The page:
Feed CountHere’s a nice trick I learnt a couple of days back. I wanted to display my feed subscriber count in a way that would match my site’s theme. I was tired of the vanilla feed-count display provided by FeedBurner – probably because you can find it on almost every other site these days (and I wanted something unique). So I got down to designing one on my own and I’m going to show you how to do the same for your site.

I won’t go into any lengthy (step-by-step) discussion on creating the graphical background – that’s something that’ll be your call. But I’ll teach you the core idea – fetching the feed-count from FeedBurner’s server using their API and displaying it on your site.

The Graphical Part

First and foremost, you need to decide on what kind of a display you want – small or large, dark or light. For example, I chose to display mine on a black background with medium sized font (see my RSS box at the top of the page). Depending on your background, you’ll need to either create or find a suitable RSS icon. You can find some excellent tutorials on creating feed icons here, here and here. Alternatively, you can download a whole bunch of free icons from here.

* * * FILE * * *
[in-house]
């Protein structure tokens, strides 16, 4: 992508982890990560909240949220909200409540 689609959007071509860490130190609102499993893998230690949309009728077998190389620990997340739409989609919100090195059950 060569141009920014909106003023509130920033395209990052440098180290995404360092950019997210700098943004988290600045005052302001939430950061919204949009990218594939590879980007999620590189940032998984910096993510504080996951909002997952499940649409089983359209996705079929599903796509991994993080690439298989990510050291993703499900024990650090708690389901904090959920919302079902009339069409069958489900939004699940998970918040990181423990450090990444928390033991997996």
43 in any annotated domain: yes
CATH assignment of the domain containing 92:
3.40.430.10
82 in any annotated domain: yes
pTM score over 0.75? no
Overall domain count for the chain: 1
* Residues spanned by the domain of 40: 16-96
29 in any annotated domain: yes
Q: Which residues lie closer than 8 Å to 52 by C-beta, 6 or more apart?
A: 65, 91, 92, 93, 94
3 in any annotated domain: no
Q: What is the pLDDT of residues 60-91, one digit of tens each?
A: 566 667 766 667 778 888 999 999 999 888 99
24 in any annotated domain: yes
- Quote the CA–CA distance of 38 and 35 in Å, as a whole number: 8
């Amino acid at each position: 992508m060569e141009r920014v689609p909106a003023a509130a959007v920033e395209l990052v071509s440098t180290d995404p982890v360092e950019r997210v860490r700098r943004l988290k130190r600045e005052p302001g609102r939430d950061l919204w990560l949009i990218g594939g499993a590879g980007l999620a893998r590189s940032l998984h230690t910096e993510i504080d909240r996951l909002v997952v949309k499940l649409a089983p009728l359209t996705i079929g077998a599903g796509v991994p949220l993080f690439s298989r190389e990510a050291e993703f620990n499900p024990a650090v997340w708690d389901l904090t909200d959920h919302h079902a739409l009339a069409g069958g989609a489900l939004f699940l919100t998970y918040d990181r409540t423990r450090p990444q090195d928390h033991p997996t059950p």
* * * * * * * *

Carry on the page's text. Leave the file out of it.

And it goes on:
As a starter fire up your favourite graphics editor (Adobe Fireworks for me). For simplicity’s sake we’ll follow the same approach as I did with my feed-count box. Draw a black rectangle with rounded corners. Place your feed icon in a suitable place. Then draw another smaller rounded rectangle inside the earlier one, but with a lighter stroke colour (say white). This will be the container where you display your feed-count. You can throw in some fancy glow / shadow effects as you like. We should get something that approximately resembles the following image.

Feed Count Container Graphics

The image shown above was created with Fireworks and is an editable layered PNG file. If you’re using Fireworks, you can very well download this one (Right Click on it > Save Image), use it as a starting point and add/edit/resize it according to your preferences.

The Coding Part